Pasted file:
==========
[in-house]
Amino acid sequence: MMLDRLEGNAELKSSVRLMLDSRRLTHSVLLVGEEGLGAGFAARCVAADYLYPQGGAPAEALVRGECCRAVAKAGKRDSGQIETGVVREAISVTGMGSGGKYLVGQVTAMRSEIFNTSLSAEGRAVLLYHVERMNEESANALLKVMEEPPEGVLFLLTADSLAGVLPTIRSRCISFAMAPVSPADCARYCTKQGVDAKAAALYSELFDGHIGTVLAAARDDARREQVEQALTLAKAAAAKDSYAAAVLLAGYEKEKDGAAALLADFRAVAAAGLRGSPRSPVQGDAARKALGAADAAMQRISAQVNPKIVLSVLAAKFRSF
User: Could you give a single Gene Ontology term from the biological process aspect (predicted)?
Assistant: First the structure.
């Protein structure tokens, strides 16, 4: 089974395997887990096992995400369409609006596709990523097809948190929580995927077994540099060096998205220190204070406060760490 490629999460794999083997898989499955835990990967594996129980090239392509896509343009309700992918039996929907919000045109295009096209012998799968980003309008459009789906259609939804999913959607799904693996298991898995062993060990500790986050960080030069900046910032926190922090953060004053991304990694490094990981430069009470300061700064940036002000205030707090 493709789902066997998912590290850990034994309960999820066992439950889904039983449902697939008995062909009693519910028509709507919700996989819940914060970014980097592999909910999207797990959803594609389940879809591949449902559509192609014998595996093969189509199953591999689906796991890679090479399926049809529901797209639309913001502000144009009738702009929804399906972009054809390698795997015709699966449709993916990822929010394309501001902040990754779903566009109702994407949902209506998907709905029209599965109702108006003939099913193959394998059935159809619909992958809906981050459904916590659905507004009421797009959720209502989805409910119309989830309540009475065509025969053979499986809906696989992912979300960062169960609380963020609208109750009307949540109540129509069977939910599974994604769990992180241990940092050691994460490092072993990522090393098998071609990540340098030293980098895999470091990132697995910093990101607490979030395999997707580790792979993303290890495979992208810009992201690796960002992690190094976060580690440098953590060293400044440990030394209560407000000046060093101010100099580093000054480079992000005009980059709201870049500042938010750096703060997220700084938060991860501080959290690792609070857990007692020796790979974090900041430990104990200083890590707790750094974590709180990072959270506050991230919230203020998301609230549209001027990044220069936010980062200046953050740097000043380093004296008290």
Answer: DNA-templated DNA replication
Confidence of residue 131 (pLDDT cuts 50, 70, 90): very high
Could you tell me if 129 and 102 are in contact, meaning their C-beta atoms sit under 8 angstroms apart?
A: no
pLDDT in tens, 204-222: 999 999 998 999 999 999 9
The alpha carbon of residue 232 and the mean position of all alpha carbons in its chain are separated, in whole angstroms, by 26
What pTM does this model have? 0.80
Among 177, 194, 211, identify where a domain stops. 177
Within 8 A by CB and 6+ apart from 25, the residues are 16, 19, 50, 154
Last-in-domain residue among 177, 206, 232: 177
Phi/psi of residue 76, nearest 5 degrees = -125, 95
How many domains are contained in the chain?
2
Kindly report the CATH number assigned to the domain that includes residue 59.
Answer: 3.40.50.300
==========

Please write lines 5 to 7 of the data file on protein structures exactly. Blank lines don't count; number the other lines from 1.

């Protein structure tokens, strides 16, 4: 089974395997887990096992995400369409609006596709990523097809948190929580995927077994540099060096998205220190204070406060760490 490629999460794999083997898989499955835990990967594996129980090239392509896509343009309700992918039996929907919000045109295009096209012998799968980003309008459009789906259609939804999913959607799904693996298991898995062993060990500790986050960080030069900046910032926190922090953060004053991304990694490094990981430069009470300061700064940036002000205030707090 493709789902066997998912590290850990034994309960999820066992439950889904039983449902697939008995062909009693519910028509709507919700996989819940914060970014980097592999909910999207797990959803594609389940879809591949449902559509192609014998595996093969189509199953591999689906796991890679090479399926049809529901797209639309913001502000144009009738702009929804399906972009054809390698795997015709699966449709993916990822929010394309501001902040990754779903566009109702994407949902209506998907709905029209599965109702108006003939099913193959394998059935159809619909992958809906981050459904916590659905507004009421797009959720209502989805409910119309989830309540009475065509025969053979499986809906696989992912979300960062169960609380963020609208109750009307949540109540129509069977939910599974994604769990992180241990940092050691994460490092072993990522090393098998071609990540340098030293980098895999470091990132697995910093990101607490979030395999997707580790792979993303290890495979992208810009992201690796960002992690190094976060580690440098953590060293400044440990030394209560407000000046060093101010100099580093000054480079992000005009980059709201870049500042938010750096703060997220700084938060991860501080959290690792609070857990007692020796790979974090900041430990104990200083890590707790750094974590709180990072959270506050991230919230203020998301609230549209001027990044220069936010980062200046953050740097000043380093004296008290």
Answer: DNA-templated DNA replication
Confidence of residue 131 (pLDDT cuts 50, 70, 90): very high